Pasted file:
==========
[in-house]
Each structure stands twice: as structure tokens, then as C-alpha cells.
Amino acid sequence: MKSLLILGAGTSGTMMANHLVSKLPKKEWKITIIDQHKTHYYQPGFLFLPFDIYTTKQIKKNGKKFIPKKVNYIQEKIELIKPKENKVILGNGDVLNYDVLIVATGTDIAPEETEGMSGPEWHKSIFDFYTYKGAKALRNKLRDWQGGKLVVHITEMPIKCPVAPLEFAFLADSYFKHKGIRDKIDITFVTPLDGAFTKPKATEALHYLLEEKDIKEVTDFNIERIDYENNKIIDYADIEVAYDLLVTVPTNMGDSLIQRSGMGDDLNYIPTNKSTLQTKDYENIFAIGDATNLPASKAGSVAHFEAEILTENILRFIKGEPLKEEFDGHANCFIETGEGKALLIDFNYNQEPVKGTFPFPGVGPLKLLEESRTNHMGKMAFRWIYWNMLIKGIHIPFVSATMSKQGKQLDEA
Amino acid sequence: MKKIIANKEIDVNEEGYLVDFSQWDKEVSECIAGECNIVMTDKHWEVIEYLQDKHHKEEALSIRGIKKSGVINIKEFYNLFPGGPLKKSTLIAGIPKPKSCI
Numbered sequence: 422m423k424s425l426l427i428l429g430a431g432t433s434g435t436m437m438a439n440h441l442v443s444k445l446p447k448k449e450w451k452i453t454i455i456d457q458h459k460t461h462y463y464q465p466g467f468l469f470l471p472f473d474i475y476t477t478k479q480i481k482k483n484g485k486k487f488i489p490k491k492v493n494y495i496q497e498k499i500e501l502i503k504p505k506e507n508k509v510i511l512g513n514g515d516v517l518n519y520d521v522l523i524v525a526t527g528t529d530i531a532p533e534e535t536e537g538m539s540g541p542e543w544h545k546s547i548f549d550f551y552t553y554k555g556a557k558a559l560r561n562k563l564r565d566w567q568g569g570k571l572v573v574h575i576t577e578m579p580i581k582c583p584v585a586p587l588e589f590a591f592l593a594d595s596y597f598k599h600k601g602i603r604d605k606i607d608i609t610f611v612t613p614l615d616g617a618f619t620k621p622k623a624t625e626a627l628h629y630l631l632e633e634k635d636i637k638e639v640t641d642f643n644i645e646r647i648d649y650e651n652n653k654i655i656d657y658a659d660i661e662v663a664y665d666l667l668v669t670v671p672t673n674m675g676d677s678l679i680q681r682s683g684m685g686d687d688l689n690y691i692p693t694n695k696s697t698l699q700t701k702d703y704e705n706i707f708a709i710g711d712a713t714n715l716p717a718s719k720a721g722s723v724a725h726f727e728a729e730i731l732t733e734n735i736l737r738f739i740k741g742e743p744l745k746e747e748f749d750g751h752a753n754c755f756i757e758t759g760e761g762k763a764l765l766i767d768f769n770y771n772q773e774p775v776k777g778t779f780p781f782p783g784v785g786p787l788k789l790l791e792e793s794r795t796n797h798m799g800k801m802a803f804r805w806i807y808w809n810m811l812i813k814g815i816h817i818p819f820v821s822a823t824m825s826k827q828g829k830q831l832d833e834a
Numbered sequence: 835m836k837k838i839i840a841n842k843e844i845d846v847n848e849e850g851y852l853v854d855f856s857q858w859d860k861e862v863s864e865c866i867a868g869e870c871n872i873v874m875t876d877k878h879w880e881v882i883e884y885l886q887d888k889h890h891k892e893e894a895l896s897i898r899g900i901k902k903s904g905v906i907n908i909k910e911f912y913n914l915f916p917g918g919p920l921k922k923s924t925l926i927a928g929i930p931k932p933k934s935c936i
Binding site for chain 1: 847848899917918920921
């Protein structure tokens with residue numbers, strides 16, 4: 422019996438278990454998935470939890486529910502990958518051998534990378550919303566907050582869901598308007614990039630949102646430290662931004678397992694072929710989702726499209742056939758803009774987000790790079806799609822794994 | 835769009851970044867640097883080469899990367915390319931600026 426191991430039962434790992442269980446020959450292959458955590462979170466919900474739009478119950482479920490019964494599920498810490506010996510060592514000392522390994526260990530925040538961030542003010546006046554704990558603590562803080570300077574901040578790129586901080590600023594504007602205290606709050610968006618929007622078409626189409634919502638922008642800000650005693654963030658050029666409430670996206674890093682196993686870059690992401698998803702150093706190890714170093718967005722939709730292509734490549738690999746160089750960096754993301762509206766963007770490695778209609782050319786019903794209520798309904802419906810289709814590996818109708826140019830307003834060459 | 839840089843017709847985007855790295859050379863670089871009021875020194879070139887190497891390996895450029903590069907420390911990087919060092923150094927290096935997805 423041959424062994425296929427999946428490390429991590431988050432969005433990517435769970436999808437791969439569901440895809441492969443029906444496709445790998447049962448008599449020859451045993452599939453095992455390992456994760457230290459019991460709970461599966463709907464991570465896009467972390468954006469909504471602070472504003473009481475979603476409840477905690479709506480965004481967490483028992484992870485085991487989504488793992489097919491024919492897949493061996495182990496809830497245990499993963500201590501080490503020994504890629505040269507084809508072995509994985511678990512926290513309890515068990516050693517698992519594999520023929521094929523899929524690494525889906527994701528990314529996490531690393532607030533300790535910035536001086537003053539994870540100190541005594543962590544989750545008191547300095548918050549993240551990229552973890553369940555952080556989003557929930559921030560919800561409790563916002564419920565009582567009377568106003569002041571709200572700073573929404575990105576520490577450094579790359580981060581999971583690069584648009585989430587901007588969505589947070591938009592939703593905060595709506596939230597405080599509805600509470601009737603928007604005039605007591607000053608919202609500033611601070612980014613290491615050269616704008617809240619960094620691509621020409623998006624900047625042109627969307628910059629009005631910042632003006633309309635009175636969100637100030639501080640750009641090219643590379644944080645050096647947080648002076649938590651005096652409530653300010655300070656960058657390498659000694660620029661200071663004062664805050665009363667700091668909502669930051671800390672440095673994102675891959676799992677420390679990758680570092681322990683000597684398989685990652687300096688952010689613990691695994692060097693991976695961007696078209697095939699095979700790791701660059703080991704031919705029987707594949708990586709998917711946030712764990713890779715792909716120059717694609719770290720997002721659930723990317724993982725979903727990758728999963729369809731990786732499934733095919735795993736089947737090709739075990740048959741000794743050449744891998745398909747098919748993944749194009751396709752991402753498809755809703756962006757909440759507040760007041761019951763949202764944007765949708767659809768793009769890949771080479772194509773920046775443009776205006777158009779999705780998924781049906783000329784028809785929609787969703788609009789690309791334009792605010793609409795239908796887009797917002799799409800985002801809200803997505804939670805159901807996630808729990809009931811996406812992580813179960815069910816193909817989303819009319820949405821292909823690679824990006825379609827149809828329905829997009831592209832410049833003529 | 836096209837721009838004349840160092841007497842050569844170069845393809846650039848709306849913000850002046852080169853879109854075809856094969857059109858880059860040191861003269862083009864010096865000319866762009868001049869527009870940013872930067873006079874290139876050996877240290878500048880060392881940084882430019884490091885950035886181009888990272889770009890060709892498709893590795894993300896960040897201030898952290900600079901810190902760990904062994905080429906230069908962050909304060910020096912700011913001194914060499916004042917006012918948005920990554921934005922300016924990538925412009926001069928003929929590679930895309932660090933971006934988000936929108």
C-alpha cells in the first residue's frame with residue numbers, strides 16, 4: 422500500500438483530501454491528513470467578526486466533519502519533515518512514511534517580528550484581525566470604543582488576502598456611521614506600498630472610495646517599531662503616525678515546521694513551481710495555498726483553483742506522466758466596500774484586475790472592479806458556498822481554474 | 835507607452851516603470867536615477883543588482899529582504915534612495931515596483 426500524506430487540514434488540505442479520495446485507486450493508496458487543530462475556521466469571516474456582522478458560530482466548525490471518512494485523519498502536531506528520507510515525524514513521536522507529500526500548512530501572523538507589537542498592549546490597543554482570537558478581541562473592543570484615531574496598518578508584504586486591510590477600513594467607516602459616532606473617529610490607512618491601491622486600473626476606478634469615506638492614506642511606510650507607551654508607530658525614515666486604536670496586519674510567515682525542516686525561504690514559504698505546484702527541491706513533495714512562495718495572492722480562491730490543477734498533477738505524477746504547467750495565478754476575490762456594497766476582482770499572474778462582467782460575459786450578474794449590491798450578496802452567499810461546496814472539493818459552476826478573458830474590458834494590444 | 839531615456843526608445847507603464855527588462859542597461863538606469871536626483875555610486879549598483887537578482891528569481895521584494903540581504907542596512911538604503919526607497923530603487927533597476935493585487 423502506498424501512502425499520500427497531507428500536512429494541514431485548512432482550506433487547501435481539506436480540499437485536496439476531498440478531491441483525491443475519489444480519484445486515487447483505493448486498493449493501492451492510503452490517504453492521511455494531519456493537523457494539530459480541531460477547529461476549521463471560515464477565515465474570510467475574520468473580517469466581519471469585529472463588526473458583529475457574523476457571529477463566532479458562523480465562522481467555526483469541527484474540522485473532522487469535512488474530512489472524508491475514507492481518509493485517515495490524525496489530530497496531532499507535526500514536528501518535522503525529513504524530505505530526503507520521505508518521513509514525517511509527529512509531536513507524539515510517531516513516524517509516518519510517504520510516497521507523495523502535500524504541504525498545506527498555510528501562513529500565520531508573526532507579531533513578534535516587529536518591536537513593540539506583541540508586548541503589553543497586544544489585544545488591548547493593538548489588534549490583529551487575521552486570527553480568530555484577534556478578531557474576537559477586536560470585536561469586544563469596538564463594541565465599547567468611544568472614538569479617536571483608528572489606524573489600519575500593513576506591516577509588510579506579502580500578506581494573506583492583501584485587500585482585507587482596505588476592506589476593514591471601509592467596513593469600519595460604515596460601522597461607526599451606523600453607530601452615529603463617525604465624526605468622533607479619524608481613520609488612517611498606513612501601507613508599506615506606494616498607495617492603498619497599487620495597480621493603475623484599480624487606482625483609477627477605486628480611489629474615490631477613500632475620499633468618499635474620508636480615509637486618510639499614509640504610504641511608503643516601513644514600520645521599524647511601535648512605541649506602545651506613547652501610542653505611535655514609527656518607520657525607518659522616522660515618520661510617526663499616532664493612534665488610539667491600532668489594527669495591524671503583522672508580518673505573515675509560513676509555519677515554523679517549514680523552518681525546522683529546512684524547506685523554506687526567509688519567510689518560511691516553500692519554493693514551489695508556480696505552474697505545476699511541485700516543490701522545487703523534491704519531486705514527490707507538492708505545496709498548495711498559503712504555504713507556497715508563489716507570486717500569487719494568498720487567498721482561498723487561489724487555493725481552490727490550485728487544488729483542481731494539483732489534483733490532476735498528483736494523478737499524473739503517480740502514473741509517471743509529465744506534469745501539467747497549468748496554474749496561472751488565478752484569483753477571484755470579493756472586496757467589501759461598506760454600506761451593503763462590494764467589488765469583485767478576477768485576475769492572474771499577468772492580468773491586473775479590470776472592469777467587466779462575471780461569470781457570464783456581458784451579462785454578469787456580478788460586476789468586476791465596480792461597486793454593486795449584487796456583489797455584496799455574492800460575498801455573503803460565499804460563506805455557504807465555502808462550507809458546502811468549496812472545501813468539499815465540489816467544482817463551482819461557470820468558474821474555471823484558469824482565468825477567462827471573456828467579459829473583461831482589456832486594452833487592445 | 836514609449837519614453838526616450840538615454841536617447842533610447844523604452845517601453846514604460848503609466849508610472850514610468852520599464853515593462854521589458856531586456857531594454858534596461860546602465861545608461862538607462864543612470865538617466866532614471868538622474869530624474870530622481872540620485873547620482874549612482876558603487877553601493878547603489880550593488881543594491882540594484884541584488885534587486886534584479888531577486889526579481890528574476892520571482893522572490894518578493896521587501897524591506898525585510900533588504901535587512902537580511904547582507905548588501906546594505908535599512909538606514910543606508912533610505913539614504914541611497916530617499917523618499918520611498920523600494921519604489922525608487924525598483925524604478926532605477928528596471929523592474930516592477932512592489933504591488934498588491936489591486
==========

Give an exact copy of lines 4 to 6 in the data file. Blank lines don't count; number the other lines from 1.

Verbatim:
Amino acid sequence: MKKIIANKEIDVNEEGYLVDFSQWDKEVSECIAGECNIVMTDKHWEVIEYLQDKHHKEEALSIRGIKKSGVINIKEFYNLFPGGPLKKSTLIAGIPKPKSCI
Numbered sequence: 422m423k424s425l426l427i428l429g430a431g432t433s434g435t436m437m438a439n440h441l442v443s444k445l446p447k448k449e450w451k452i453t454i455i456d457q458h459k460t461h462y463y464q465p466g467f468l469f470l471p472f473d474i475y476t477t478k479q480i481k482k483n484g485k486k487f488i489p490k491k492v493n494y495i496q497e498k499i500e501l502i503k504p505k506e507n508k509v510i511l512g513n514g515d516v517l518n519y520d521v522l523i524v525a526t527g528t529d530i531a532p533e534e535t536e537g538m539s540g541p542e543w544h545k546s547i548f549d550f551y552t553y554k555g556a557k558a559l560r561n562k563l564r565d566w567q568g569g570k571l572v573v574h575i576t577e578m579p580i581k582c583p584v585a586p587l588e589f590a591f592l593a594d595s596y597f598k599h600k601g602i603r604d605k606i607d608i609t610f611v612t613p614l615d616g617a618f619t620k621p622k623a624t625e626a627l628h629y630l631l632e633e634k635d636i637k638e639v640t641d642f643n644i645e646r647i648d649y650e651n652n653k654i655i656d657y658a659d660i661e662v663a664y665d666l667l668v669t670v671p672t673n674m675g676d677s678l679i680q681r682s683g684m685g686d687d688l689n690y691i692p693t694n695k696s697t698l699q700t701k702d703y704e705n706i707f708a709i710g711d712a713t714n715l716p717a718s719k720a721g722s723v724a725h726f727e728a729e730i731l732t733e734n735i736l737r738f739i740k741g742e743p744l745k746e747e748f749d750g751h752a753n754c755f756i757e758t759g760e761g762k763a764l765l766i767d768f769n770y771n772q773e774p775v776k777g778t779f780p781f782p783g784v785g786p787l788k789l790l791e792e793s794r795t796n797h798m799g800k801m802a803f804r805w806i807y808w809n810m811l812i813k814g815i816h817i818p819f820v821s822a823t824m825s826k827q828g829k830q831l832d833e834a
Numbered sequence: 835m836k837k838i839i840a841n842k843e844i845d846v847n848e849e850g851y852l853v854d855f856s857q858w859d860k861e862v863s864e865c866i867a868g869e870c871n872i873v874m875t876d877k878h879w880e881v882i883e884y885l886q887d888k889h890h891k892e893e894a895l896s897i898r899g900i901k902k903s904g905v906i907n908i909k910e911f912y913n914l915f916p917g918g919p920l921k922k923s924t925l926i927a928g929i930p931k932p933k934s935c936i